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The ScanFish

This device, termed the "ScanFish", is a programmable array of 4 x 4 electrodes designed for investigating electric field imaging. Each electrode can dynamically be assigned to be a transmitter or a receiver of an AC electric field, enabling electric field tomography of objects above the antenna array. The above photograph shows the device configured for operation, with all electronics below and the 4 x 4 electric field antenna above. It was driven by a standard National Instruments data acquisition card mounted in a PC. A technical manual is linked here that details the design and operation of the hardware.

This system was used in the initial research into electric field imaging that was carried out in the old Physics and Media Lab back in 1995 and 1996. Our RA at the time, Josh Smith, developed code to drive this device, and produce the original, crude "blobby" images of hands above the table (unfortunately, we never took any screen shots of the pictures produced by this system - it was a popular demo back then, however, and we often ran it live for visitors). Josh went on to design his "School of Fish", an array of smart electrodes on a common RS-485 bus loosely inspired by the Rhythm Tree system designed for the Brain Opera, which he subsequently used in his PhD thesis.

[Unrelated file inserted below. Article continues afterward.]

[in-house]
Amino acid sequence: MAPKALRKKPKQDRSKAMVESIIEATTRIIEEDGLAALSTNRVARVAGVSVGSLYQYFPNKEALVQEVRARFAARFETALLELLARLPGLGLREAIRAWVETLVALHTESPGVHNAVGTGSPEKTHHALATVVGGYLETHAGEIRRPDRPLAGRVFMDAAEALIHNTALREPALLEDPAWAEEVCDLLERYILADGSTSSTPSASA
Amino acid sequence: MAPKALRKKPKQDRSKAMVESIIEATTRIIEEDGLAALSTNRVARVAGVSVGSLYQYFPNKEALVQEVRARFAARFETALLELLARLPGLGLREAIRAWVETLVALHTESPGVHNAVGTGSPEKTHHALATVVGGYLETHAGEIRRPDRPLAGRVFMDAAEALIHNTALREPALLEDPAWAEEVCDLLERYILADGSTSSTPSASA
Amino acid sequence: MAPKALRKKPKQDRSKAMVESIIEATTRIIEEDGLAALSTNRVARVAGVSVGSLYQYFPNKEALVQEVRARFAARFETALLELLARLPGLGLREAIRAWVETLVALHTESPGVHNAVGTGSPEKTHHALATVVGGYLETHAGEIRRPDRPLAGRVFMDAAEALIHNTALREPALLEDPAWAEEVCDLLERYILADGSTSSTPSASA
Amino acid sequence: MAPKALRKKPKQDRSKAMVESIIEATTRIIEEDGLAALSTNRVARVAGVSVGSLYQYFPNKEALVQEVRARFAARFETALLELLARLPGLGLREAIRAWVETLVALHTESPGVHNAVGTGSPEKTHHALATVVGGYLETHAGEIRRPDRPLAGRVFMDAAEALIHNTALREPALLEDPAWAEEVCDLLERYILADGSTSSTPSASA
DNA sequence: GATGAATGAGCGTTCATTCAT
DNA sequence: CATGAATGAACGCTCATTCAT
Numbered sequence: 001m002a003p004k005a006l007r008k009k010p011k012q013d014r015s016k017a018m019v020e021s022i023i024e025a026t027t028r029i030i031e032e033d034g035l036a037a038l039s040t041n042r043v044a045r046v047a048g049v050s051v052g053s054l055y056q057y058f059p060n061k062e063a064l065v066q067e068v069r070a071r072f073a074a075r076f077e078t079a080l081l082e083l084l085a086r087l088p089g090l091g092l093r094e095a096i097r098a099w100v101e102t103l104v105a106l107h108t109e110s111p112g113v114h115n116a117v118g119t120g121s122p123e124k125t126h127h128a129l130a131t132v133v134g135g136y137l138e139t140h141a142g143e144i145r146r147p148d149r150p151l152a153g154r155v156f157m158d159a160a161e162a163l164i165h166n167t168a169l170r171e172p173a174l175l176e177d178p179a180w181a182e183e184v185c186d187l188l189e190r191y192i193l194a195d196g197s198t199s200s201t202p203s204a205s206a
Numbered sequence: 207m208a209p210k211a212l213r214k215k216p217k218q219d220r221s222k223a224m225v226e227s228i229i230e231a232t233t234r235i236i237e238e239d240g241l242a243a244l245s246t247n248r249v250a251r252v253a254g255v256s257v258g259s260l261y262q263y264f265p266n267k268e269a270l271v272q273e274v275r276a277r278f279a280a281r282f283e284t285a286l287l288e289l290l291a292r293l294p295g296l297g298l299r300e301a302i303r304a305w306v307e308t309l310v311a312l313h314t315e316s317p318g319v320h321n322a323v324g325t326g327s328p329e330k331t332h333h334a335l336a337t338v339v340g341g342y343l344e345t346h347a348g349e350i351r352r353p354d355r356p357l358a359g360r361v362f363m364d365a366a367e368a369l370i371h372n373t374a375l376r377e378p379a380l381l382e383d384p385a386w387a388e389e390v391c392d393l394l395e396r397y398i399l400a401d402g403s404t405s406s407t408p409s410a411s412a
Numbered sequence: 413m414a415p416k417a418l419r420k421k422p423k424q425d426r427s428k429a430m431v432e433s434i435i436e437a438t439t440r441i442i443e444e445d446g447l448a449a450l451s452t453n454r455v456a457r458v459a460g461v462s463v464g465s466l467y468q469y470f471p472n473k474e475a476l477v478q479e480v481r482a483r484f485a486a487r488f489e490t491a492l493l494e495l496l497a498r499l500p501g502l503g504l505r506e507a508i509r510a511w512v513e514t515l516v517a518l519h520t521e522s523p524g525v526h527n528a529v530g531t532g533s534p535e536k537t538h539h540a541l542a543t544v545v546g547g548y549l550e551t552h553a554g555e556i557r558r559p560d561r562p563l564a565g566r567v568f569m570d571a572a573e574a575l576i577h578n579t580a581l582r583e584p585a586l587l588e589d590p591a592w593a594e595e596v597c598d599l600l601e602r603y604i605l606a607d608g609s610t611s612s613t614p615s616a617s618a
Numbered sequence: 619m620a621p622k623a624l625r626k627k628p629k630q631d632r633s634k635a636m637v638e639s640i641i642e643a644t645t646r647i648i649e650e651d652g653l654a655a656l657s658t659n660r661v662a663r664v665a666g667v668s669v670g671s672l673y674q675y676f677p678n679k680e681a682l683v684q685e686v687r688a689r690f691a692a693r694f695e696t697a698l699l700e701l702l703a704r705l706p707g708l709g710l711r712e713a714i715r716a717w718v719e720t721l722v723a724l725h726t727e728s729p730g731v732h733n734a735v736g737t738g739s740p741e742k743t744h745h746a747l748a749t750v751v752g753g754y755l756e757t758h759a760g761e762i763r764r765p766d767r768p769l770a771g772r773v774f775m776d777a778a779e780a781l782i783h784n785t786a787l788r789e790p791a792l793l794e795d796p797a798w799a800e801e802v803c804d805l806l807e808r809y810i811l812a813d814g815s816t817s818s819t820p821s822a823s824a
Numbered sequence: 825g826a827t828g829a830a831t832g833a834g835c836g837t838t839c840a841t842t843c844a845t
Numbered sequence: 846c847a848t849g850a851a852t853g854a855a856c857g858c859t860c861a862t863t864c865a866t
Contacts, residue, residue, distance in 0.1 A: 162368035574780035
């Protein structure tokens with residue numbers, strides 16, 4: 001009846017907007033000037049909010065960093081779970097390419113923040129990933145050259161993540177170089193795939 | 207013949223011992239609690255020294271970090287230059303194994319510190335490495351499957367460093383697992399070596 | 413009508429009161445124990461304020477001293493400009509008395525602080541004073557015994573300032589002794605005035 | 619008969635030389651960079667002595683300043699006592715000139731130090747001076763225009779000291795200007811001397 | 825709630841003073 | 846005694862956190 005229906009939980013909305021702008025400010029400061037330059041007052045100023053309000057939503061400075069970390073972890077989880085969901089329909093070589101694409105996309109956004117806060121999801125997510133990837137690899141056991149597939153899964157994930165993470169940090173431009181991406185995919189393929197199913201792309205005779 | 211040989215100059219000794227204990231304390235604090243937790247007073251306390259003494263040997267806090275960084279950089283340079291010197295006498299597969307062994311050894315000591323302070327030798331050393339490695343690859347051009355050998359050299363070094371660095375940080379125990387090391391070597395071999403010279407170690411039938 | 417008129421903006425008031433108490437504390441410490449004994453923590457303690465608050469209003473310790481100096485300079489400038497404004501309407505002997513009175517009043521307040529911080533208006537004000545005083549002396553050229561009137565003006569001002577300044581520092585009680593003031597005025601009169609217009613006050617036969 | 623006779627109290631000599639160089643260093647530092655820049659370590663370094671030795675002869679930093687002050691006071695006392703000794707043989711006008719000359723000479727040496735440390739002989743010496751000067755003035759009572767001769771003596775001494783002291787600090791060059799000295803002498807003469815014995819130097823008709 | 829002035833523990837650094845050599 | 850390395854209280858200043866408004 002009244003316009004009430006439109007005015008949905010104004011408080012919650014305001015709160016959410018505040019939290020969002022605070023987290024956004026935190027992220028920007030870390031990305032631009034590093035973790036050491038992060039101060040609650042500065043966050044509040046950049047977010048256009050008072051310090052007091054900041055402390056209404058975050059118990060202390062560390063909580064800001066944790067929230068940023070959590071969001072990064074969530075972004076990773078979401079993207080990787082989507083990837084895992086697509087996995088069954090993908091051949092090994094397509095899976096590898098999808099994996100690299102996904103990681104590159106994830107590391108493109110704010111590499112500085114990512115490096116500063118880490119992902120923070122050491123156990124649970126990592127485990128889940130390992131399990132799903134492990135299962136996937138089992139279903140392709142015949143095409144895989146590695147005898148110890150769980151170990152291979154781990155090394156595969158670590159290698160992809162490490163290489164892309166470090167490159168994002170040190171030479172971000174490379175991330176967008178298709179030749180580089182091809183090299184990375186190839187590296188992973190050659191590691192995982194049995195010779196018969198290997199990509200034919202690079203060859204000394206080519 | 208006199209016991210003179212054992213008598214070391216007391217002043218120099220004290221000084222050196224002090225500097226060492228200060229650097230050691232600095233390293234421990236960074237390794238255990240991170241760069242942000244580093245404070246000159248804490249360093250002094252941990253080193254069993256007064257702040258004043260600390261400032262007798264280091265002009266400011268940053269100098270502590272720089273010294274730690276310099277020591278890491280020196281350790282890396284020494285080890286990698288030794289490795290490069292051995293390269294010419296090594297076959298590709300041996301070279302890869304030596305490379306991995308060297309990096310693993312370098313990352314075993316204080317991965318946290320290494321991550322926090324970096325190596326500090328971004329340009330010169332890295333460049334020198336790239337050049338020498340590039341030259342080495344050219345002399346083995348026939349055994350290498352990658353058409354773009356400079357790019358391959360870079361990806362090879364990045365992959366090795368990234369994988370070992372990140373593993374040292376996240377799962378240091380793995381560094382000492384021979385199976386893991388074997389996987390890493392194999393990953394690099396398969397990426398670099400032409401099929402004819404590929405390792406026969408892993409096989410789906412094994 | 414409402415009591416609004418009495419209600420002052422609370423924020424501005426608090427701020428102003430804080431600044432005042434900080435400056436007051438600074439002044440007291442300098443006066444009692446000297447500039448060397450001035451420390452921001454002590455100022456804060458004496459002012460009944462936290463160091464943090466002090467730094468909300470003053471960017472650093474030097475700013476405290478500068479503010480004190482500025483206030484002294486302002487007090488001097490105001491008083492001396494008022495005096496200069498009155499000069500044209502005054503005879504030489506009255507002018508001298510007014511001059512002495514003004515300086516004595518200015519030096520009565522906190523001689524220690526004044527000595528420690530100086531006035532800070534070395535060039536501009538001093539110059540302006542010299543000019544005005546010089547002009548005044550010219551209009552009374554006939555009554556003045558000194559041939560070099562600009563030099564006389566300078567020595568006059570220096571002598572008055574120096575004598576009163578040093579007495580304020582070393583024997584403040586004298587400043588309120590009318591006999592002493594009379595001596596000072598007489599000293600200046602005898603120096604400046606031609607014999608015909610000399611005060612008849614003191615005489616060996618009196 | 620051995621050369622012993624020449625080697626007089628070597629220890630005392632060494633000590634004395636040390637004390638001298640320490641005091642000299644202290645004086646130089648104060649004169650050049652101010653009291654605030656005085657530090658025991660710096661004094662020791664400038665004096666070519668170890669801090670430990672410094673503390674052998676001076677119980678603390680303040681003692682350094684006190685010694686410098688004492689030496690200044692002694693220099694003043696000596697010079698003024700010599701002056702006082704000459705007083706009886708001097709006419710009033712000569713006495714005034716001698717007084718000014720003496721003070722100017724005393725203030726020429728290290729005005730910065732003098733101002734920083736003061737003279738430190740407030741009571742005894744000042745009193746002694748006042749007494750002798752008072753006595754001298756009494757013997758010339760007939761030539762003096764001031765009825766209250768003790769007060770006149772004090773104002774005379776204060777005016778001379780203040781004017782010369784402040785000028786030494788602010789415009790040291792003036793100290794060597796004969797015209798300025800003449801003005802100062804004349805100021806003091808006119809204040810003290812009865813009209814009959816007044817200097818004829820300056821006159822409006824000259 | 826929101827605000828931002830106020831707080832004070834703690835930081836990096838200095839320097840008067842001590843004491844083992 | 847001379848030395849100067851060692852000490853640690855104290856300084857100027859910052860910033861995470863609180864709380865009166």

The term "Fish" was used because fish are known to use electric fields to sense objects (and other fish) underwater. The original Fish circuit was a simple 4-channel electric field sensing board designed by Joe Paradiso and Tom Zimmerman - many were made, and they were used throughout the Media Lab and sponsor community for contactless gesture-sensing applications during the mid-late 90's.

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Joe Paradiso